Chicago Cubs: Top 10 Prospects

Chicago Cubs

Baseball America's Top 10 Prospects lists are based on projections of a player's long-term worth after discussions with scouting and player-development personnel. All players who haven't exceeded the major league rookie standards of 130 at-bats or 50 innings pitched (without regard to service time) are eligible. Ages are as of April 1, 2009.

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1. Starlin Castro, ss
2. Brett Jackson, of
3. Josh Vitters, 3b
4. Andrew Cashner, rhp
5. Jay Jackson, rhp
6. Hak-Ju Lee, ss
7. Logan Watkins, 2b
8. Chris Carpenter, rhp
9. Ryan Flaherty, ss/2b/3b
10. D.J. LeMahieu, ss/2b
Best Hitter for Average Hak-Ju Lee
Best Power Hitter Brett Jackson
Best Strike-Zone Discipline Kyle Burke
Fastest Baserunner Jose Valdez
Best Athlete Brett Jackson
Best Fastball Andrew Cashner
Best Curveball Jay Jackson
Best Slider Andrew Cashner
Best Changeup Casey Coleman
Best Control Casey Coleman
Best Defensive Catcher Robinson Chirinos
Best Defensive Infielder Starlin Castro
Best Infield Arm Junior Lake
Best Defensive Outfielder Sam Fuld
Best Outfield Arm Kyler Burke
Catcher Geovany Soto
First Base Derrek Lee
Second Base Starlin Castro
Third Base Aramis Ramirez
Shortstop Hak-Ju Lee
Left Field Josh Vitters
Center Field Brett Jackson
Right Field Kyler Burke
No. 1 Starter Carlos Zambrano
No. 2 Starter Jay Jackson
No. 3 Starter Chhris Carpenter
No. 4 Starter Ryan Dempster
No. 5 Starter Randy Wells
Closer Andrew Cashner
Year Player, Position 2009
2000 Corey Patterson, of Brewers
2001 Corey Patterson, of Brewers
2002 Mark Prior, rhp Padres
2003 Hee Seop Choic, 1b Kia (Korea)
2004 Angel Guzman, rhp Cubs
2005 Brian Dopirak, 1b Blue Jays
2006 Felix Pie, of Orioles
2007 Felix Pie, of Orioles
2008 Josh Vitters, 3b Cubs
2009 Josh Vitters, 3b Cubs
Year Player, Position 2009
2000 Luis Montanez, ss Orioles
2001 Mark Prior, rhp Padres
2002 Bobby Brownlie, rhp Braves
2003 Ryan Harvey, of Rockies
2004 Grant Johnson, rhp (2nd round) Gary (Northern)
2005 Mark Pawelek, lhp Reds
2006 Tyler Colvin, of Cubs
2007 Josh Vitters, 3b Cubs
2008 Andrew Cashner, rhp Cubs
2009 Brett Jackson, of Cubs
Mark Prior, 2001 $4,000,000
Kosuke Fukodome, 1998 $4,000,000
Corey Patterson, 1998 $3,700,000
Josh Vitters, 2007 $3,200,000
Luis Montanez, 2000 $2,750,000
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Chicago Cubs

Cubs fans thought getting swept in consecutive Division Series in 2007 and 2008 was tough to swallow. But at least Chicago won 182 games in those seasons, the franchise's most successful two-year run since 1937-38, and made back-to-back postseason appearances for the first time since 1906-08.

The franchise still was left seeking its first World Series appearance since 1945 and its first championship since 1908, though. To help end those droughts, the Cubs decided their big addition would be mercurial Milton Bradley, who cost $30 million and was supposed to provide more balance to a predominantly righthanded-hitting lineup.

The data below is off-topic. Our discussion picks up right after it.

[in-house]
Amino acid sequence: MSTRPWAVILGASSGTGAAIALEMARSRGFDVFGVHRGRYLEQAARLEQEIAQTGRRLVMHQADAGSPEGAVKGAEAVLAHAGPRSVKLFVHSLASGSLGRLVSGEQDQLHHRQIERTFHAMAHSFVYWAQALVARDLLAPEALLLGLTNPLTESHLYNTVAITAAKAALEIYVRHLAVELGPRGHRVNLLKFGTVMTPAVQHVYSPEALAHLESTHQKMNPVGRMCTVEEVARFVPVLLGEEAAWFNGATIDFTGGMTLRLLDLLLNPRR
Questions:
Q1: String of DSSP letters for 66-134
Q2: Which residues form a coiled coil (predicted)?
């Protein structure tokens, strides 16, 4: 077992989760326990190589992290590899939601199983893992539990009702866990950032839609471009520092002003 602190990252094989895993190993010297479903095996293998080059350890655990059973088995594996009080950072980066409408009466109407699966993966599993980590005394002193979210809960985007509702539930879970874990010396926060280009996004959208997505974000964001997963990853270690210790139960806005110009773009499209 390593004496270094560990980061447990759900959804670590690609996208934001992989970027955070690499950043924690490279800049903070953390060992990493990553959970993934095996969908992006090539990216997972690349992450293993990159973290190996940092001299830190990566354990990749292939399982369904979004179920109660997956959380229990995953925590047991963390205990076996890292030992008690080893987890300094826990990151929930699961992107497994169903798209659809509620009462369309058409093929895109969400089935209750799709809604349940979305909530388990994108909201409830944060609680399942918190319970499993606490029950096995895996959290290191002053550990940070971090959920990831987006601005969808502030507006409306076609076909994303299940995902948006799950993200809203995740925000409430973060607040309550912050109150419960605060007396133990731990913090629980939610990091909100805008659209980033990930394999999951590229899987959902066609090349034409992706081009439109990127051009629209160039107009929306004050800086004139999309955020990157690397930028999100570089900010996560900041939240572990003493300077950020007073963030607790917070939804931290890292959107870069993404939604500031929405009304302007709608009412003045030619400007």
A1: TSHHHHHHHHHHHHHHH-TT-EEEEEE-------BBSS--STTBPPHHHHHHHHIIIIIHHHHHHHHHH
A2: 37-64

Instead, Bradley had his worst season since 2002 and damaged clubhouse chemistry, complaining throughout the year. When he criticized the team in September, the Cubs suspended him for the final two weeks of the season. His play and behavior were the most disappointing aspects of a disappointing season for Chicago, which finished 83-78 and swiftly fell out of contention after the all-star break.

It was the third straight winning year for a franchise that hadn't accomplished that feat since 1970-72, which is a step forward, but much more was expected after the Cubs opened the season with a $135 million payroll, the third-highest in baseball.

The most significant Cubs news of the year came off the field, however, when on Oct. 27 the Ricketts family completed its $845 million purchase of the club, as well as Wrigley Field and 25 percent of Comcast SportsNet Chicago from the Tribune Co. Sam Zell had plunged the media conglomerate into bankruptcy after buying it in April 2007, though the team wasn't directly affected. The sale topped the major league record of $660 million paid for the Red Sox and related assets in 2002.

How much time the Ricketts family will give general manager Jim Hendry to get the Cubs back on track remains unclear, as does how Hendry will accomplish that task. Chicago dropped from first in the National League in scoring in 2008 to 10th last season, and has only one projected regular who will be younger than 30 in 2010. The rotation has holes to fill with Rich Harden declaring free agency and Ted Lilly recovering from shoulder surgery, and the bullpen is unsettled as well.

After contributing Jake Fox and Micah Hoffpauir, who combined for 21 homers, and surprise 12-game winner Randy Wells last season, the farm system doesn't appear to have any noteworthy reinforcements to offer for 2010. However, Cubs minor league talent is on the rise after a period of decline marked by weak drafts and the departure of top prospects in trades for veterans.

Recent first-round picks Josh Vitters (2007) and Brett Jackson (2009) have slugged their way through the lower minors. Five pitchers drafted in 2008 appeared in Double-A last summer, including the system's best three mound prospects: Andrew Cashner, Jay Jackson and Chris Carpenter. The Cubs also are doing better work in Latin America and the Far East, as evidenced by shortstop phenoms Starlin Castro and Hak-Ju Lee.

Most of Chicago's best farmhands are at least a couple of years away from making an impact in the major leagues, so the Cubs may have to transition from trying to contend to trying to reload if they aren't able to quickly turn their fortunes around in 2010. That would mean more waiting for fans whose patience already has been stretched thin.

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